Here are some of the common questions we’re asked and some short answers – these can often be involved and complex discussions so please do ask more.
We believe fair trade is a concept, a heart value, not a badge or a brand. We're somewhat amused by companies who offer a 'fair trade option' - it's either something you believe in and value or not. It's not an option just to take advantage of a market opportunity.
The FAIRTRADE Mark is a brand - a consumer label, but there are others such as RAINFOREST ALLIANCE and UTZ CERTIFIED who all seek to guarantee a better deal for disadvantaged producers in the developing world.
However, we see giving producers a “better deal” as the minimum and by no means the maximum.
Read more about the fairtrade discussion below or through our journal and article links.
When we started out we thought they would, but as we learned more about coffee farming and the Fairtrade criteria we had to make a decision - do we want to genuinely do the right thing and help farmers, or just be seen to do the right thing with a label on all our bags?
As time has moved on and we have built those long-term relationships the improvement in livelihoods because of our trade is abudantly evident and we are justified on our decision in the early days.
We have also been part of various research projects, articles and books that have both investigated us to see if we are who we say we are, and corroborated our stance on direct trade.
This is a long and complex conversation, and we have a lot to say about it. We encourage questioning and discussion to hold us accountable and help us all learn email@example.com
We believe being ethical is more than just "fair trade", it covers our entire business.
We start by sourcing our coffee direct from the producer wherever possible and developing long-term relationships.
We always pay at least ‘fair trade' prices to the farmers and more often than not we pay in excess of fair trade.
From day one we have set out to run a transparent business. This will include who we work with, what we give away and why we do what we do.
We not only pay a fair price but invest in the lives and communities of farmers through social projects like hydro-electric power, efficient wood-burning stoves, reforestation, and fresh water pipes. See our projects page.
Being ethical is about day-to-day life so we do try and recycle everything we can from paper to banana skins and composting coffee grounds! In fact there's a lot we do to take our responsibility for the environment seriously.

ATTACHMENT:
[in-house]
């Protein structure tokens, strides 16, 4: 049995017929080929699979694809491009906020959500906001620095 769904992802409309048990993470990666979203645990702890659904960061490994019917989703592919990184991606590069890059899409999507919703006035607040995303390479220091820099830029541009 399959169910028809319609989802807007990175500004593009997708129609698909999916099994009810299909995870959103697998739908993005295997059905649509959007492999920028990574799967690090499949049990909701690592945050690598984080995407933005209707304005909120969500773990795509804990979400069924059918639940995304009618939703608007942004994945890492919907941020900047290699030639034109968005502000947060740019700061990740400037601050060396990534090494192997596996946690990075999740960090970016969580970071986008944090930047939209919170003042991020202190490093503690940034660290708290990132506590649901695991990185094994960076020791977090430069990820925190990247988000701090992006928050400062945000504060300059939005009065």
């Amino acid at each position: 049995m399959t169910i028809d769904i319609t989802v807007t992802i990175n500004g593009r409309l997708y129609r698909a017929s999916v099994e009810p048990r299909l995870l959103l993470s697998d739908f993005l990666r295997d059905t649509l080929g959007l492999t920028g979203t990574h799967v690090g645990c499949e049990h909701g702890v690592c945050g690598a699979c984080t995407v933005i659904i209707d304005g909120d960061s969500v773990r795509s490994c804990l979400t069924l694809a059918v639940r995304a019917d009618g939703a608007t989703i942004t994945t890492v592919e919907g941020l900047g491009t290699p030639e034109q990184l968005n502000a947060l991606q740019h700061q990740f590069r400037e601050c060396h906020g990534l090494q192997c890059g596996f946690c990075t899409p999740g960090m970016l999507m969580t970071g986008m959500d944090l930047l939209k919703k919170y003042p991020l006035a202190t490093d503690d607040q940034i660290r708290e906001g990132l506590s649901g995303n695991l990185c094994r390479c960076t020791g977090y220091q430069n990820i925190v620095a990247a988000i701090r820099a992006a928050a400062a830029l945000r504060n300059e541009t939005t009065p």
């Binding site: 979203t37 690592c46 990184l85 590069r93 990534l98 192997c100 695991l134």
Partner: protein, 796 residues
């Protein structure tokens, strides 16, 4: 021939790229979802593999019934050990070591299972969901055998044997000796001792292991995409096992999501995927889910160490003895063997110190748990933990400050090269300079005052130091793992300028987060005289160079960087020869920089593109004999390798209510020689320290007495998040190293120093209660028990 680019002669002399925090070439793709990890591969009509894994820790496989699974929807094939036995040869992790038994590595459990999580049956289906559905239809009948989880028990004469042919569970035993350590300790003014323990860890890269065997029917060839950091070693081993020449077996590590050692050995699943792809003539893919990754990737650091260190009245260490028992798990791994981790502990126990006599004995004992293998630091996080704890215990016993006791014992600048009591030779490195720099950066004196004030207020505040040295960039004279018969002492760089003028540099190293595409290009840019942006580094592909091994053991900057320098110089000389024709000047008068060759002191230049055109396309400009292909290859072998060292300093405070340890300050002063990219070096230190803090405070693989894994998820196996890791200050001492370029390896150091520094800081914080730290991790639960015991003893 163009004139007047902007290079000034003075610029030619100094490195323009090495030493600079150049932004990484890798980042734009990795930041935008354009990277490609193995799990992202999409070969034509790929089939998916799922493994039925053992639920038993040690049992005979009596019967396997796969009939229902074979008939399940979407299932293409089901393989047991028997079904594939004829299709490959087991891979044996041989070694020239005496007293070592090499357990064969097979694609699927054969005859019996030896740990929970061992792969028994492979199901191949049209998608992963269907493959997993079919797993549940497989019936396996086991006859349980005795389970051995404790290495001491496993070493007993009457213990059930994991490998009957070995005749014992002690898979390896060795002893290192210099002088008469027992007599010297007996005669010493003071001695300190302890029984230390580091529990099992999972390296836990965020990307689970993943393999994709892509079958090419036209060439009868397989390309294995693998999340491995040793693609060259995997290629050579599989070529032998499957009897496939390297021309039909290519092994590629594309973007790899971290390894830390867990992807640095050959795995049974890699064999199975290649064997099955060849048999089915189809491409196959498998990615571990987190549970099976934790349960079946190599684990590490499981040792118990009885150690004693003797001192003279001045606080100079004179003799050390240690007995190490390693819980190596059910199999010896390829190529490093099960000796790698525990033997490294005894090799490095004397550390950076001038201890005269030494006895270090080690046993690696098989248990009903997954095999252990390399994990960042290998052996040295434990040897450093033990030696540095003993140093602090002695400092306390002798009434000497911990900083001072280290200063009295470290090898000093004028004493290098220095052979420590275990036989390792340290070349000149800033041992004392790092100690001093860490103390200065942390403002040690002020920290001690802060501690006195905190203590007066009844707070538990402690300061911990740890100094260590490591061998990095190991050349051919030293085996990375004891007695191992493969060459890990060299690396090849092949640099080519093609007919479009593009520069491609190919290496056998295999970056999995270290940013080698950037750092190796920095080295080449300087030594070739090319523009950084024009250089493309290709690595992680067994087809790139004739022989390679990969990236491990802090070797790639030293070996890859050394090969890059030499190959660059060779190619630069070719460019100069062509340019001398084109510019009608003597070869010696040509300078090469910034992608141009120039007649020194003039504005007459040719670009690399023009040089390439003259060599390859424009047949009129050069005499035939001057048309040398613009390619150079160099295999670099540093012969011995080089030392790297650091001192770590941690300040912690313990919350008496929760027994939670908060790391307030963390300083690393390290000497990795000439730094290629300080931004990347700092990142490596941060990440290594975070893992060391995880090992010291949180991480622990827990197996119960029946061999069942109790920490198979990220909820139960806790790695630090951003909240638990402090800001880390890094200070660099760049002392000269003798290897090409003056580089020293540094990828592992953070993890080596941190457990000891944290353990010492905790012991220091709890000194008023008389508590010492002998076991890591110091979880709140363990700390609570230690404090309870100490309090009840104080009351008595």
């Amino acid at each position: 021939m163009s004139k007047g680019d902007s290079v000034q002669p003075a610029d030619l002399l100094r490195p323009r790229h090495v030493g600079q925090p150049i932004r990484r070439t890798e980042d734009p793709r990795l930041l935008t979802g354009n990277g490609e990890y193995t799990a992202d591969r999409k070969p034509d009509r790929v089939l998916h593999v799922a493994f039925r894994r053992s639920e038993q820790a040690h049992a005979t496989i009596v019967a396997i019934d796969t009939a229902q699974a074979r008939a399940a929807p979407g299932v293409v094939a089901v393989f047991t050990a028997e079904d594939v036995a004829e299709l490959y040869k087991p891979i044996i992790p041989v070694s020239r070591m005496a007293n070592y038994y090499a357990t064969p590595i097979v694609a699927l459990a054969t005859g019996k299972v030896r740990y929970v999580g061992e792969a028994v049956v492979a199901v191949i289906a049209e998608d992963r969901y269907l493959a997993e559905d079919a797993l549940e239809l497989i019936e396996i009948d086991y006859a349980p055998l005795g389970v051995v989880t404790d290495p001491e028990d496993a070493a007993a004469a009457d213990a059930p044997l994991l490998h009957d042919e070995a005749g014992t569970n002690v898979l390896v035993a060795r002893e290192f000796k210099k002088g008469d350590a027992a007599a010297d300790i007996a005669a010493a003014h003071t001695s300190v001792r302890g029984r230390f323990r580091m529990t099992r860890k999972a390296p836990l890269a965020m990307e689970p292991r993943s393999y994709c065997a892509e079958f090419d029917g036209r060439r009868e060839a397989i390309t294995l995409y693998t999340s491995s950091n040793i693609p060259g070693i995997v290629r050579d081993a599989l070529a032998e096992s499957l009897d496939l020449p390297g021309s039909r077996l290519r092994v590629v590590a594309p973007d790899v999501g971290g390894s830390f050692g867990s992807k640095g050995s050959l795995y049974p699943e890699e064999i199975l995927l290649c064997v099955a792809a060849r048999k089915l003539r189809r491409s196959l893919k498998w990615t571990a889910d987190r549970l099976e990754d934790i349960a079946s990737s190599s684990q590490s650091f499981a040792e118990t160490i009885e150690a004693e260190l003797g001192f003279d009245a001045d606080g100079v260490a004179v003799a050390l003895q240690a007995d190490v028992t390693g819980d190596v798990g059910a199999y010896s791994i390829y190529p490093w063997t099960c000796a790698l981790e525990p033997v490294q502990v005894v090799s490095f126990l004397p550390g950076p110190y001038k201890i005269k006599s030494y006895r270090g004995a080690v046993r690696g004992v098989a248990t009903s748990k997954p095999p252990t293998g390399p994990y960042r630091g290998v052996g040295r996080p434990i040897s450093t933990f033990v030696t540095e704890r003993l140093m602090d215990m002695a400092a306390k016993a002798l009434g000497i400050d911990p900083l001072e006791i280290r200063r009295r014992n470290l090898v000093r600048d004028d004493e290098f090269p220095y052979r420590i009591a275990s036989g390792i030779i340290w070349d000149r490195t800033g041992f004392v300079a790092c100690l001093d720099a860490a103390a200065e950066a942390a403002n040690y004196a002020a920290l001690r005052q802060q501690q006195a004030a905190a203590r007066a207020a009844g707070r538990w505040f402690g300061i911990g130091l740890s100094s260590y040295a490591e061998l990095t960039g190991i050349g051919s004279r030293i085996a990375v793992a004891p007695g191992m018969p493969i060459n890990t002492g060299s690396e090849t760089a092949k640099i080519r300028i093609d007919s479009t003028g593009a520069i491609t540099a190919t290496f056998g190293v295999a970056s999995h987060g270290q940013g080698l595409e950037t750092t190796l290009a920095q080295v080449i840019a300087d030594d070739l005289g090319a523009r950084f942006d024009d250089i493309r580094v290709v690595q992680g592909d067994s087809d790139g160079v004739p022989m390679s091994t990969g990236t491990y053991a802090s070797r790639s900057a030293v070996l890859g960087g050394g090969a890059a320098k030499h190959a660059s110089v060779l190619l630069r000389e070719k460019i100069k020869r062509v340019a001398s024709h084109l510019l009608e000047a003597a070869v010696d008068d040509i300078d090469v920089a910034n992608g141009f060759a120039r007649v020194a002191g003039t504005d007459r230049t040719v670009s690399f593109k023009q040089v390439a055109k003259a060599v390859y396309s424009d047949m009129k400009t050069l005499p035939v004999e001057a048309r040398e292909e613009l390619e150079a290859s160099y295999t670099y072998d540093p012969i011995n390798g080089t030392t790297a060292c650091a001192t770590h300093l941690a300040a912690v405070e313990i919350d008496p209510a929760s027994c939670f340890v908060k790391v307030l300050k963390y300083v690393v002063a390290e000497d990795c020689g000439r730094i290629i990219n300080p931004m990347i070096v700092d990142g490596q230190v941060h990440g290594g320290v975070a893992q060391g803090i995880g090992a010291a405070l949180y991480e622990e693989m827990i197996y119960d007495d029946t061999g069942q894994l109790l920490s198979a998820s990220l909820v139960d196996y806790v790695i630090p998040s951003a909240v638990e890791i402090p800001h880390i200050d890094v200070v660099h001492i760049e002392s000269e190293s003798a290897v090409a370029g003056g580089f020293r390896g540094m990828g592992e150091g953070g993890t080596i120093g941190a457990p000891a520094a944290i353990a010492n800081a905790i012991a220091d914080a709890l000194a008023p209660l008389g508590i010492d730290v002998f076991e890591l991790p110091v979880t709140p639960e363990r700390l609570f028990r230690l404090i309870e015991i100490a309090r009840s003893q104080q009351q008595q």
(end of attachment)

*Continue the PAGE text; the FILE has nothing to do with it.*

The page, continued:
Ethics affect our pricing - competitive and profitable without being greedy.
Ethics affect our service to you. We aim to excel in customer service.
The future . . . we're dreaming about what more we can do.
We call our coffee 'direct trade' where we have established a relationship direct with the farms.
We often find ourselves working directly with producers on the ground and we always pay equal or higher than “fairtrade prices” with the understanding that this will be a direct benefit to the farmers. However we believe that this is direct fair trade. We've produced a simple two-minute video that explains what we mean by farm direct coffee.
Direct trade gives you a connection to the farm, the people who grow your coffee. Direct trade gives you a real story to share with your customers.
Direct trade means we know the people who work hard for our great coffee and we know we've helped them improve their standard of living in a real and sustainable way. Read more on our ethos page.
It also gives us amazing opportunities to invest in social projects to transform lives - see our news stories.
This is a long debate that can't fully be entered into here but take a look at the IEA report for some insightful research and facts supporting the principles behind who we are and what we do.
Of further interest to those who want to explore ethical trade look at:
Our news and stories where we link recent articles etc
International trade consultant & Economist - Peter Griffiths
Author, Economist, Adventurer & TV Presenter - Conor Woodman - Book (2011) Unfair Trade: How Big Business Exploits the World's Poor
And loads more - just search!
If you have any queries or concerns please email us and ask!
Ask them! Ethical business can be big business and appearing to be doing the right thing can help sales. We care about who is actually doing the right thing. There are some other good companies who, in our opinion, stand up to scrutiny in their claims. There are a lot who do not.
Ask questions - What do they mean by 'ethically sourced'? From which farm? How much do they know about the supply chain? And, most importantly: Can they tell you how much the farmer got paid (not the trader)?
We agree, but it doesn’t need to be this way. This is why we’re in business. We wanted to buy great tasting ethical coffee but struggled. We found we either had to compromise our ethics or our taste buds, so we went about sourcing it ourselves direct from the farms.
We only choose coffee that cup above an 80 score (often much higher) on the internationally recognised scale meaning everything we have is specialty coffee. We don’t believe there needs to be a compromise in quality or taste to deliver premium ethical coffee.